The sequence here is expertly constructed and edited.  Steven Freeling and Ben Tuthill's battle of wills and remote control signals is as energetic as it wants to be and as funny as it wants to be.  Such flights of easy-going humor, embedded within the narrative, do very little to detract from the ambiance of Poltergeist - as a whole - and the many striking and surprising things it does as a mainstream look at the supernatural within the backdrop of our country's carefully created and cultivated middle-American lifestyle and culture, in all its complacence, contentedness, and luxuries.  It is everything we want that this scene is successful, with thanks to the editor who knows how to make a scene better, even past the director's (or director and producer's) instincts and know-how.  In that sense, this is a scene that works because of Hooper (the shots), Spielberg (the script, the scenario, perhaps some directing in regards to the actors in this scene, as they are essentially carrying out his very specific comedic scenario), and Michael Kahn (the editing and the finesse, surely cutting things out from both Hooper's raw footage and Spielberg's scripted beats).  Hooper's name, though, will forever be on this film - at least on its shots - which I suppose, in theory, should be my last word on the topic, given I have enough conviction from the evidence of the shots I see.  Since we've still got a whole film to very indulgently go through (due to my own bourgeoisie mental and economic luxuries - but dammit, I'll find worth in Poltergeist yet), I doubt it will be, though.

"Come on, Steven!"

"Move your set."



"Move yours, Ben."






"*click* *click* *click* *click*  
*click* *click* *click*
*click*"






This is an astounding series of shots.  Nothing fancy, nothing florid, but a pure construction of meanings and sly, thorny referencing (both to the faulty mimesis of cinema tradition - i.e. the aesthetics of silent films or of Hitchcock are actually so far removed from actual reality - and to non-cinematic ideas of death philosophy tracing back to Plato and Horace): three shots of concerted montage devoted to death, a toilet, and life having an endpoint of waste.

This is the shower scene of Psycho with a bird.  It is Psycho's shower scene and toilet shot combined into one.


The floridness finally comes into the picture with a push-in to harmonize Carol Anne's walking in.


The punchline of Diane's moral comeuppance plastered on her face and her delicate, squeamish callousness embodied in a pose is necessary, and reminds us the cinema art is most often a narrative art that reaches its potential when communicating a moral viewpoint, in this case through a classic set-up/punchline - visual and rhythmic - joke.  It is a beautifully constructed one, with bonus moral points for being a sympathetic one about death.  Of course, that wouldn't matter if it wasn't funny, and luckily it is.


Maybe-Hooper Shot #3 and #4 (above and below): Most surely this is Hooper, a mystical and unmotivated moving camera coasting alongside a character creating striking vorticular and parallax effects through the sense of the lens and how it will work in the shot.  Robbie's journey takes us past a bed of flowers and a jutting corner of the house, communicating in one fell swoop both the grace and the constructs of his suburban, childhood existence.  A specifically joining second shot pinpoints Hooper's interest in geometric, triangular space: a lateral pan from above the tree's branches, the sonorousness of the previous shot matching with the more angular, dispassionate menace of the tree's eyeful watch over Robbie (and his watch returned).  Such mapping of human motion, especially from a lateral view to a geometrical bird's eye view, is directly repeated in moments from Invaders from Mars and The Mangler.



Maybe-Hooper Shot #5: It only follows that if Hooper seems so closely tied to the previous shots of Robbie's sizing up of the tree, this intently graphical shot of Robbie and the tree also was an invested image coming from Hooper's dark, Texas Chain Saw-envisioning mind.  Not much of a somersault of imagination, from us or from Hooper.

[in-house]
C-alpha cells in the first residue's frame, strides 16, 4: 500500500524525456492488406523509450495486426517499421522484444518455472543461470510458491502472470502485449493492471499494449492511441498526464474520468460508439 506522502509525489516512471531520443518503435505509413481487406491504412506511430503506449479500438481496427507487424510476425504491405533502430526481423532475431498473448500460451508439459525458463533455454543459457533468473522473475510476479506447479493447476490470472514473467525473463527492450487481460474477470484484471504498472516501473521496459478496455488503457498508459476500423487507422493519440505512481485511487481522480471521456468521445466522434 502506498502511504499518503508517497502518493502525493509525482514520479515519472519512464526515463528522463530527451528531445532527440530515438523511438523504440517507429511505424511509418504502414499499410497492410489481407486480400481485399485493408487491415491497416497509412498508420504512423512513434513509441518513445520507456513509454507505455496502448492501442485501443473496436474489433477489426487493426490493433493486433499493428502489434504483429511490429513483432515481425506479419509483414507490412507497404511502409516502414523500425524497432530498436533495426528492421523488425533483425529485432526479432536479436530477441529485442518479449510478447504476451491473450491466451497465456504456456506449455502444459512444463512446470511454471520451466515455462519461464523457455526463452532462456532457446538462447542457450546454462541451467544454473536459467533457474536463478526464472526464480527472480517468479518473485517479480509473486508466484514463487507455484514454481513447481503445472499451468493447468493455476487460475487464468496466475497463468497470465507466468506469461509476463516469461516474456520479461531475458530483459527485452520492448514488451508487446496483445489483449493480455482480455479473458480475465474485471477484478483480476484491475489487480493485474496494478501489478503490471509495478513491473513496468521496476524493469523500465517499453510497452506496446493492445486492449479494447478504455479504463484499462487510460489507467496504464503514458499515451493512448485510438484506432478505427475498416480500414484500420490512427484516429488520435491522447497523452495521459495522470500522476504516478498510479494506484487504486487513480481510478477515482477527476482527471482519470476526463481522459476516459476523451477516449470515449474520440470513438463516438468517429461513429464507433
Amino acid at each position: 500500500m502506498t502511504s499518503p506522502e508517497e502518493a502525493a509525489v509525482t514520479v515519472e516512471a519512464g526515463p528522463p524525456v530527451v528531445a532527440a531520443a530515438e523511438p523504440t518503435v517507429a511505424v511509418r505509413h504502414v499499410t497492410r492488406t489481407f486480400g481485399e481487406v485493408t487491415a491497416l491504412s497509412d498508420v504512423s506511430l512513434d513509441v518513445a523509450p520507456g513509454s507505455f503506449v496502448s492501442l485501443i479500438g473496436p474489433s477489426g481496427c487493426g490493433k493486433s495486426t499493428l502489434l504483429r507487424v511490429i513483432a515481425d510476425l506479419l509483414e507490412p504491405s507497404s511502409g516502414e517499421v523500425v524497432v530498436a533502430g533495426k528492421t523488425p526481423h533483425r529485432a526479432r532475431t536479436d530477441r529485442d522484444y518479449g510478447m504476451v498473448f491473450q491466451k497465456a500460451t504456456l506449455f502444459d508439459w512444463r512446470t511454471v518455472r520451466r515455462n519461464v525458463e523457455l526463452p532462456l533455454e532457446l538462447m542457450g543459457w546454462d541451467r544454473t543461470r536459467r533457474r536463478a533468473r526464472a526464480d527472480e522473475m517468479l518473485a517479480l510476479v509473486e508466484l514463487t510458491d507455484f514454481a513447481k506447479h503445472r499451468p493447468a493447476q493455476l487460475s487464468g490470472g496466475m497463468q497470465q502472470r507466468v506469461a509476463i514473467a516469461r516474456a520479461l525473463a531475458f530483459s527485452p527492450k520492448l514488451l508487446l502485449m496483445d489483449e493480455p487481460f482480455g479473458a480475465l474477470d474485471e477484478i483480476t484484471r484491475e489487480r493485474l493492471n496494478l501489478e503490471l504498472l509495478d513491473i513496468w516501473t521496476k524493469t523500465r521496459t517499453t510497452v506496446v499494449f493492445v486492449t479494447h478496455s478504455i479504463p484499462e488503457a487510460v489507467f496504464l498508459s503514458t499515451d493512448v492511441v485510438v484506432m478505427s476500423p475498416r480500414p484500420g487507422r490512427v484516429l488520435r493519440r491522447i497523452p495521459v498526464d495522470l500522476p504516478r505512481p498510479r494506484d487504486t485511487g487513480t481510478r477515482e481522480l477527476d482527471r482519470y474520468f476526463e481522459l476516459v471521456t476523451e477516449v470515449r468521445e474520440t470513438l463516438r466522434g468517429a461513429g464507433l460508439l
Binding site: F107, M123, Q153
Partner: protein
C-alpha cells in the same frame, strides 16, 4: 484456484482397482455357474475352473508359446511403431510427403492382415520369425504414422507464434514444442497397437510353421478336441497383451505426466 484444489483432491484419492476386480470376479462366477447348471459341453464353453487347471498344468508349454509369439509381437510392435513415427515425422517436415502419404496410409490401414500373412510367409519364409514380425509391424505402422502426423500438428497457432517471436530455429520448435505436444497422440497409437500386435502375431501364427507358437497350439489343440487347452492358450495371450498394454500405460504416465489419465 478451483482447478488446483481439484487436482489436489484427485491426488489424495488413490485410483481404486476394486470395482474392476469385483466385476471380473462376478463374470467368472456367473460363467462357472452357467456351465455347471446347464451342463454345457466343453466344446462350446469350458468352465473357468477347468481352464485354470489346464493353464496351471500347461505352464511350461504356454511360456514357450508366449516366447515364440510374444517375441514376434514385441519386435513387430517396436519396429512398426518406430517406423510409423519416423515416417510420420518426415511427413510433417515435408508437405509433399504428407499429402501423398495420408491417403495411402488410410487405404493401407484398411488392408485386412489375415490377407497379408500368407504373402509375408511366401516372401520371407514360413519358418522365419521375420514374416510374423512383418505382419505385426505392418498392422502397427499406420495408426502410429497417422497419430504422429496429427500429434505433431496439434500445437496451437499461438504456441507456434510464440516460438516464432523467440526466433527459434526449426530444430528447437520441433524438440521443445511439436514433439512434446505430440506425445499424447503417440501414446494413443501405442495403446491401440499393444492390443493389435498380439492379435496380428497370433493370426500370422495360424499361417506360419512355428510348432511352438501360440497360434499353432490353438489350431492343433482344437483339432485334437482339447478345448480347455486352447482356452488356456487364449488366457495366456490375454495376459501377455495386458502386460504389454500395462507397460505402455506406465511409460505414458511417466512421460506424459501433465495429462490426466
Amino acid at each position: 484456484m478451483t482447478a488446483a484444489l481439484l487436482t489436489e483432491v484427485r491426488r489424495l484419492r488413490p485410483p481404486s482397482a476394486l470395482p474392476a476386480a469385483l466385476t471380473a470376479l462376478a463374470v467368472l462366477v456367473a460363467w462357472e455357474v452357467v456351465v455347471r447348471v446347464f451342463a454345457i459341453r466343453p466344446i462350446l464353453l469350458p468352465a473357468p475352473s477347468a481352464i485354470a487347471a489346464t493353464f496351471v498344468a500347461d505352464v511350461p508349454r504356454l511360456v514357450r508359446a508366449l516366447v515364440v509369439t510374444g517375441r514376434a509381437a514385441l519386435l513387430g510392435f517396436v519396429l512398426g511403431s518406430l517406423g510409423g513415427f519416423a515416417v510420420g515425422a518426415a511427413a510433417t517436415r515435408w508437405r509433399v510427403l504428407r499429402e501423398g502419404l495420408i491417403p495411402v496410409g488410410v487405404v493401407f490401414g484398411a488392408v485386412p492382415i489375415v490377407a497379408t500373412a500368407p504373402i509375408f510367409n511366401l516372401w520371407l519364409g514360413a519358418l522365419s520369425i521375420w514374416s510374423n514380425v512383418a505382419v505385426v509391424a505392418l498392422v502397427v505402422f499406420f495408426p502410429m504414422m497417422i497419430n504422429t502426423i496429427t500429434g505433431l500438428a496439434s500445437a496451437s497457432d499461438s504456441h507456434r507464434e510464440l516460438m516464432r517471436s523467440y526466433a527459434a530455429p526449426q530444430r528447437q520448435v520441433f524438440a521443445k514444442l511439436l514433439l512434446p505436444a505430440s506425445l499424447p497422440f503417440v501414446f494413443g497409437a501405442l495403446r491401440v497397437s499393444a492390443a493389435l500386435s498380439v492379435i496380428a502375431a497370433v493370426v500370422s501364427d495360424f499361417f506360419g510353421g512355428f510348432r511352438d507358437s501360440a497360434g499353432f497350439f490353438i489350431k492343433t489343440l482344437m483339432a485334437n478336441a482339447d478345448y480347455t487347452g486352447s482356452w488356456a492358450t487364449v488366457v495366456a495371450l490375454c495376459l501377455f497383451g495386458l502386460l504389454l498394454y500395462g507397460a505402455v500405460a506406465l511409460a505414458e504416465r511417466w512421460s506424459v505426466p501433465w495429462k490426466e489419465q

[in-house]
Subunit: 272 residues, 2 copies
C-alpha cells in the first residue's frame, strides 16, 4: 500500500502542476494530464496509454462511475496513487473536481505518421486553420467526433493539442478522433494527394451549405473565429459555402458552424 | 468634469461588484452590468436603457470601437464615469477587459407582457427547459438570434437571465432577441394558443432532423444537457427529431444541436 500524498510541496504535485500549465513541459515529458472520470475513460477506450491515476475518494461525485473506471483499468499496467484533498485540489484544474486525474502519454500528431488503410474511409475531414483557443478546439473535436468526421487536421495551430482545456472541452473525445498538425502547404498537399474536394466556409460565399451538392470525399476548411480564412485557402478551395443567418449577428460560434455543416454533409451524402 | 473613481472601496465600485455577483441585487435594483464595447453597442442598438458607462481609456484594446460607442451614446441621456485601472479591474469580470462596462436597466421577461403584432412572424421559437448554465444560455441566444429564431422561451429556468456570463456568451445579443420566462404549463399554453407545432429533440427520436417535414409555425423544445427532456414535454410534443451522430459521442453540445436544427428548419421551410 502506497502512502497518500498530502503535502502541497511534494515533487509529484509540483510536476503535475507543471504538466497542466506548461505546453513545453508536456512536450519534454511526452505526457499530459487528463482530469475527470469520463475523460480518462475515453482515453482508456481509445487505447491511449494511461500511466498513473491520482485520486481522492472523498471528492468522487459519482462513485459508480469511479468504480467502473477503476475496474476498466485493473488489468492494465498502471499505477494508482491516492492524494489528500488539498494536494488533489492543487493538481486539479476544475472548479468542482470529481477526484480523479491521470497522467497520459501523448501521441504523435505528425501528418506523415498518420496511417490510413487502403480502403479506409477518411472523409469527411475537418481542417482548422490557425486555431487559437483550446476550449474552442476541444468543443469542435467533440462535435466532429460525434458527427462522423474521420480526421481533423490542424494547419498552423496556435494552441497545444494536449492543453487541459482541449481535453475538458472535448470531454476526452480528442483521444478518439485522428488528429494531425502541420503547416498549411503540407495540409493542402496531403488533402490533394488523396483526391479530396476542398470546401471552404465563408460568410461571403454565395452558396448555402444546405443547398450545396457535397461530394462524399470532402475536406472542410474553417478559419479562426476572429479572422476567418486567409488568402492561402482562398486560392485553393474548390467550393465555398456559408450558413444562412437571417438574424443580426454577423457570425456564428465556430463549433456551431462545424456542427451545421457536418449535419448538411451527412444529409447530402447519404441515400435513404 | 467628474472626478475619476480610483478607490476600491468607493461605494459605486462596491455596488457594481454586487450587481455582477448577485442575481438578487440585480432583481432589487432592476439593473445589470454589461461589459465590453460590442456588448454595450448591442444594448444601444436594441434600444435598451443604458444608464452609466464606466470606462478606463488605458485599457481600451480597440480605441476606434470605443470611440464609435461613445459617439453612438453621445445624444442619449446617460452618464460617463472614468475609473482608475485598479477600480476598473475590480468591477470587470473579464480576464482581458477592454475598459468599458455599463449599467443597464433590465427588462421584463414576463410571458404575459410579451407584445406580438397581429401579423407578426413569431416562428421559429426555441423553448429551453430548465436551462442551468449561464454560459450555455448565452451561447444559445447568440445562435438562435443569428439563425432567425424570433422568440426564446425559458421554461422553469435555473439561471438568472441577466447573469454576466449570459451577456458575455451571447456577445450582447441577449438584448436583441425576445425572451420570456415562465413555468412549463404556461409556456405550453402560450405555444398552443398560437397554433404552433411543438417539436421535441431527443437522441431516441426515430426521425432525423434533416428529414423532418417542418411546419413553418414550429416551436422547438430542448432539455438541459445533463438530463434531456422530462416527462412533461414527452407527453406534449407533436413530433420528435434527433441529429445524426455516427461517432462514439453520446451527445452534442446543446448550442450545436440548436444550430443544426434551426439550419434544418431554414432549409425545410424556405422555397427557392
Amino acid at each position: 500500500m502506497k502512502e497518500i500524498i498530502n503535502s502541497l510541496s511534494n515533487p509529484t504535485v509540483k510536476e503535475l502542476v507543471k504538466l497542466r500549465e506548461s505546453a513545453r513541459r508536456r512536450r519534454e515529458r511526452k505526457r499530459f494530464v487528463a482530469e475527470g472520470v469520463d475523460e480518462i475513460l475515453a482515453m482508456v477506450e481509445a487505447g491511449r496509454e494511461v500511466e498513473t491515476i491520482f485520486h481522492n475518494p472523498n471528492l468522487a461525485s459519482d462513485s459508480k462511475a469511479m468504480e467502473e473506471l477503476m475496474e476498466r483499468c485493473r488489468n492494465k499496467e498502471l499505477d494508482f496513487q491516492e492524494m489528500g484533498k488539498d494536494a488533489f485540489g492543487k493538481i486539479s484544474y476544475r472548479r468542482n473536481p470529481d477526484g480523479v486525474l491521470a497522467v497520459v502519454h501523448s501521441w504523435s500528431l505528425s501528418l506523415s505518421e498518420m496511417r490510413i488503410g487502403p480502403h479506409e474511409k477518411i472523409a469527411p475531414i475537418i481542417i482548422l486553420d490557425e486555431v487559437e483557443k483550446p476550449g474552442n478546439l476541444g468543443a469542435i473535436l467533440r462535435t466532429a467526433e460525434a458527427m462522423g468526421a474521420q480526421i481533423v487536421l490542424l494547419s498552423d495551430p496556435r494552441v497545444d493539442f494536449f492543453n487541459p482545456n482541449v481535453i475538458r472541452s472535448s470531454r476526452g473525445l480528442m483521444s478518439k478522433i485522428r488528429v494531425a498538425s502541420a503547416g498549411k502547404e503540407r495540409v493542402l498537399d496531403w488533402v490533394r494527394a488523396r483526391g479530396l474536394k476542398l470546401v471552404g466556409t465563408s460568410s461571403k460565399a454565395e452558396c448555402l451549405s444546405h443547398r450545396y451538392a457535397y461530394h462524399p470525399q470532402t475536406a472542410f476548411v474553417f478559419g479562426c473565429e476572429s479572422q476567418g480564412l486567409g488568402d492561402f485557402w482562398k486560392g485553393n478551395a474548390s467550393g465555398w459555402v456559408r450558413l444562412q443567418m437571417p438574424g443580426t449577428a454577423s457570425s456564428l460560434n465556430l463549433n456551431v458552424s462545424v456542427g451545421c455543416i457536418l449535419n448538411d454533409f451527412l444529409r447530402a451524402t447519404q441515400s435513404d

"Tweety doesn't like that smell."
"Sweetheart, Tweety can't smell a thing."
"Put a flower with him."

There is something to say about every shot in this sequence, but I promise I will keep it short from now on.  The decision to depict Diane's transporting of the bird in two shots may be simply the wish to create amusement from an initial close shot on Diane's facial expression.  Or the decision of Michael Kahn working magic from reams of standard coverage.  But it may also speak to Hooper's wheelhouse of conceiving filmmaking as the accumulation of filmic details instead of the constant rolling out of filmic gymnastics.  Hooper can create a stridently communicative cinema from simply the decision to pan, such as up and down Amy and Madame Zena's bodies as the crystal ball changes hands.  Here, Diane's revolution in the first (still) frame is in a direct relationship with the panning camera that follows her hands in the motion of laying rest the bird, the two shots conceived, I'd say, in fact, to rhyme.

"A flower? ... Okay."

This scene is structured.  It is in a bifurcation, the first half at the kitchen top, the second half at the kitchen table which Carol Anne moves to, signaled by this cut: a camera-sweep forward with Diane is joined at the cut by the tracking backwards with Carol Anne, in a lonely migration, wallowing in death, while Diane "smells the roses" behind her.  In an exemplary example of the lyrical form transposed to the visual and the narrative, Carol Anne's migration is conceived of poetically: it is the line break that officially begins the structural second half of the scenic poem (the second half consisting of the bird's wake).


Diverging and merging visual polyphony as Diane goes from foreground object to background object to foreground again, rejoining the melody that was briefly lent off to Carol Anne.

"For when he's lonely."

etc.

And so on.  I abridge it out of love, I assure you.  Poltergeist is full of indelible moments that just embody childhood and its sentiments so fully, it is needless to dwell on them.


 "Oh honey, it's okay..."

The scene ends with a beauty shot worthy of classical cinema, Diane picking up Carol Anne and hushing her in the camera foreground, where her act of caring just so happens to land her.  The camera's position is a premonition of the emotional climax and the gesture of caring.  Both filmmakers are capable of such heartrending heights and visuals, but I will argue on behalf of Hooper.  His smallness is exhibited here.  It is a subtle moment that alternatively speaks loudly.  We have Belloq laughing evilly as he steps towards the camera or we have Richie stopping a hair's breadth of focus before he comes up with his harebrained idea to crash the funhouse.